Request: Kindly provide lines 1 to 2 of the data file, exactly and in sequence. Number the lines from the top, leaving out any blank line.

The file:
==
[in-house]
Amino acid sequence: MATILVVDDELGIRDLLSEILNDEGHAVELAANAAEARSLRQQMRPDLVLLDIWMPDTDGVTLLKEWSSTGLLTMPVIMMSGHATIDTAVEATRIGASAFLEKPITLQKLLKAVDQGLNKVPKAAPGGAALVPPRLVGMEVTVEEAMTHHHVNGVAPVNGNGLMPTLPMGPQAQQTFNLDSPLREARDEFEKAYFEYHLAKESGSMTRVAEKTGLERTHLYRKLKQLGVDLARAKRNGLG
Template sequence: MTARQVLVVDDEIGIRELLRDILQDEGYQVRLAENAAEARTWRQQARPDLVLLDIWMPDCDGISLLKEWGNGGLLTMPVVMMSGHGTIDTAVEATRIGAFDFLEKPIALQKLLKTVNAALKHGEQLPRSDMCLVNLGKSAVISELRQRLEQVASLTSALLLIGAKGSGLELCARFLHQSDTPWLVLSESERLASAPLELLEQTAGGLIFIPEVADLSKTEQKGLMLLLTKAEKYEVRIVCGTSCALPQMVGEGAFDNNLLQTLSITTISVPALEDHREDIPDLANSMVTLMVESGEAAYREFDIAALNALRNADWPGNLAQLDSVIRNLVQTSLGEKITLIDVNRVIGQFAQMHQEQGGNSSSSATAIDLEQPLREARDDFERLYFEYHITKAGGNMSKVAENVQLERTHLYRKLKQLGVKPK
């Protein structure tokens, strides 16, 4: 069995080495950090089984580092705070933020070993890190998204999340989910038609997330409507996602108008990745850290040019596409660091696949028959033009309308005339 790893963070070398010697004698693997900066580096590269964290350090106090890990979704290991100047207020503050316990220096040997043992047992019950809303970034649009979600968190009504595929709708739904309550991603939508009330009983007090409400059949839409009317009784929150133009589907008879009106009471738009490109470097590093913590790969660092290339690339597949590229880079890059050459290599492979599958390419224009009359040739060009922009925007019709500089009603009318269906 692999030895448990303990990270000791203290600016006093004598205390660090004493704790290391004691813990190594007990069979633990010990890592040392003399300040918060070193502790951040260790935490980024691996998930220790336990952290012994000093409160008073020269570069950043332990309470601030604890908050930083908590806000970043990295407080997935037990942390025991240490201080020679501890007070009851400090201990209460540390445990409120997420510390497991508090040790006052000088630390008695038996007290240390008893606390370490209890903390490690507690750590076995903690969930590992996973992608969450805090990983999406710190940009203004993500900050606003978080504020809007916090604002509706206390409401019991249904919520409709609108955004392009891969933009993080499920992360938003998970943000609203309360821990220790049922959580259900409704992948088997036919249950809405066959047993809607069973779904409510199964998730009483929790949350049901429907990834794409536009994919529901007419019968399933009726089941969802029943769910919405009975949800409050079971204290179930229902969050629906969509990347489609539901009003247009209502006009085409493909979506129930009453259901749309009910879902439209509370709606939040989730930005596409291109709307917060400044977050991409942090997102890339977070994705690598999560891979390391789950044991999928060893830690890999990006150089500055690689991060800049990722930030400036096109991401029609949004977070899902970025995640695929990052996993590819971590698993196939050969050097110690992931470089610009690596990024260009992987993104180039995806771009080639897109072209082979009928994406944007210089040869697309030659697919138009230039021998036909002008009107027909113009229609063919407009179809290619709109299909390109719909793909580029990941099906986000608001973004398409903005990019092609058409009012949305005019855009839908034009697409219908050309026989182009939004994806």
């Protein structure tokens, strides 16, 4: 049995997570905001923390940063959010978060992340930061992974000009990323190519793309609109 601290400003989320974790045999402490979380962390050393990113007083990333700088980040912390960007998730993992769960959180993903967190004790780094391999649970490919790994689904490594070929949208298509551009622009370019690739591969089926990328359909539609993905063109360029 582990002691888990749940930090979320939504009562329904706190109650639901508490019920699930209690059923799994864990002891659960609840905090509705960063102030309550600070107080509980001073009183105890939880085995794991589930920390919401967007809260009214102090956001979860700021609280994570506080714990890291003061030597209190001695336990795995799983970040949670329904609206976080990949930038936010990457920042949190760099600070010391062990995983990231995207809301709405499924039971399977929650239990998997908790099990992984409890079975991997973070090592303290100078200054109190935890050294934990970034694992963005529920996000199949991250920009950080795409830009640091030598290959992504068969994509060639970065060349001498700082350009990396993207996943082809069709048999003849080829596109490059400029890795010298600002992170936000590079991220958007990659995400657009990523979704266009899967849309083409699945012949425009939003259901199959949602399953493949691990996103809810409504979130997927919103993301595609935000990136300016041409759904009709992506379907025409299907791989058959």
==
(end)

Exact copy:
[in-house]
Amino acid sequence: MATILVVDDELGIRDLLSEILNDEGHAVELAANAAEARSLRQQMRPDLVLLDIWMPDTDGVTLLKEWSSTGLLTMPVIMMSGHATIDTAVEATRIGASAFLEKPITLQKLLKAVDQGLNKVPKAAPGGAALVPPRLVGMEVTVEEAMTHHHVNGVAPVNGNGLMPTLPMGPQAQQTFNLDSPLREARDEFEKAYFEYHLAKESGSMTRVAEKTGLERTHLYRKLKQLGVDLARAKRNGLG